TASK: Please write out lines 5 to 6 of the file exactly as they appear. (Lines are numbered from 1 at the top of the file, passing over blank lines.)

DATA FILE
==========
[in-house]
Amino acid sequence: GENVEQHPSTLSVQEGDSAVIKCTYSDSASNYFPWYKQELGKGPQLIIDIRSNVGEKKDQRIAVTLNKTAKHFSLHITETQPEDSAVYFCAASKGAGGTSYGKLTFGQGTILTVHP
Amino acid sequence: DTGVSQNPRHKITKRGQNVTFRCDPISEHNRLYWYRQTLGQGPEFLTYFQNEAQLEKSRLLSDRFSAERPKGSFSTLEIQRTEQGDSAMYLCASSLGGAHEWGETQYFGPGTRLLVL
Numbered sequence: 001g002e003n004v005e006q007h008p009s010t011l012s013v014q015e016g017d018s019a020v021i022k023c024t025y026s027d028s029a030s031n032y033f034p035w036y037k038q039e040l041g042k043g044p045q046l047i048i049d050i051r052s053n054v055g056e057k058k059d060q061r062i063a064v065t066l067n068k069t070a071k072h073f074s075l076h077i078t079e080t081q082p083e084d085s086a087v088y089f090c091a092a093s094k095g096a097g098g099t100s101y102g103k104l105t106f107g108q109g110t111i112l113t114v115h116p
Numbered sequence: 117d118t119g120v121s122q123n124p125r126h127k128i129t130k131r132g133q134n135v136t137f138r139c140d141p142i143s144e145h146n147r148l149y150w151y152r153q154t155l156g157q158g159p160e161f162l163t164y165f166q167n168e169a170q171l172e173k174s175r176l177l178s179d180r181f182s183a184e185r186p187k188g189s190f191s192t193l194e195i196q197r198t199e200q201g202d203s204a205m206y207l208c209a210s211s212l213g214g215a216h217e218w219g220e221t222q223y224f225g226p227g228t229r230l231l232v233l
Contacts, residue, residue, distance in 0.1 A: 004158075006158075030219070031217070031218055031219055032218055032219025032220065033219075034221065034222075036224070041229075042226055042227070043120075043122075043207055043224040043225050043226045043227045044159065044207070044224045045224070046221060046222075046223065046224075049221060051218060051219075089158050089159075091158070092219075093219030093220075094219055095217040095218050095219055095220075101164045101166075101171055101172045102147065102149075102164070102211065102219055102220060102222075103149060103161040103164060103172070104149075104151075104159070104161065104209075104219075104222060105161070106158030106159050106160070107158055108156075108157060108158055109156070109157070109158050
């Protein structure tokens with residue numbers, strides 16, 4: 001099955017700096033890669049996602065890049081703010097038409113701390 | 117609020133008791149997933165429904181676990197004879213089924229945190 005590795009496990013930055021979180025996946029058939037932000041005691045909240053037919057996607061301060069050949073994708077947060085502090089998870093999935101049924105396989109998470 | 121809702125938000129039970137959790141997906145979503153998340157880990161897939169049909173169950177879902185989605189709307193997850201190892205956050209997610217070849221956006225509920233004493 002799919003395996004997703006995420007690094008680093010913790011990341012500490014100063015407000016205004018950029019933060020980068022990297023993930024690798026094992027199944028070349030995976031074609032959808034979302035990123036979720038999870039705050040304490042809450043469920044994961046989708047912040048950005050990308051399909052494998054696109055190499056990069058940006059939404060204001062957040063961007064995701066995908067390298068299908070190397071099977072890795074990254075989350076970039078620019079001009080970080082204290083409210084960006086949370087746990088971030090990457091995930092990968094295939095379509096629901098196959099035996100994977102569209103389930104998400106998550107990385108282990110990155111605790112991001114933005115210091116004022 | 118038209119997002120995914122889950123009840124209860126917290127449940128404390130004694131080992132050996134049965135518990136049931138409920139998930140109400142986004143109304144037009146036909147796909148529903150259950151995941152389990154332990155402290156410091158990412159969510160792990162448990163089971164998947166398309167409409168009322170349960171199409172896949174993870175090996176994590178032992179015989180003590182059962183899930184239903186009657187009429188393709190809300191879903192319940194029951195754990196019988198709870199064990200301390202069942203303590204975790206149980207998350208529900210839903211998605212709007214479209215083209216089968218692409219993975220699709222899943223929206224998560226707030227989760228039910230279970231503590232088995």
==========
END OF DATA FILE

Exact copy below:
Numbered sequence: 117d118t119g120v121s122q123n124p125r126h127k128i129t130k131r132g133q134n135v136t137f138r139c140d141p142i143s144e145h146n147r148l149y150w151y152r153q154t155l156g157q158g159p160e161f162l163t164y165f166q167n168e169a170q171l172e173k174s175r176l177l178s179d180r181f182s183a184e185r186p187k188g189s190f191s192t193l194e195i196q197r198t199e200q201g202d203s204a205m206y207l208c209a210s211s212l213g214g215a216h217e218w219g220e221t222q223y224f225g226p227g228t229r230l231l232v233l
Contacts, residue, residue, distance in 0.1 A: 004158075006158075030219070031217070031218055031219055032218055032219025032220065033219075034221065034222075036224070041229075042226055042227070043120075043122075043207055043224040043225050043226045043227045044159065044207070044224045045224070046221060046222075046223065046224075049221060051218060051219075089158050089159075091158070092219075093219030093220075094219055095217040095218050095219055095220075101164045101166075101171055101172045102147065102149075102164070102211065102219055102220060102222075103149060103161040103164060103172070104149075104151075104159070104161065104209075104219075104222060105161070106158030106159050106160070107158055108156075108157060108158055109156070109157070109158050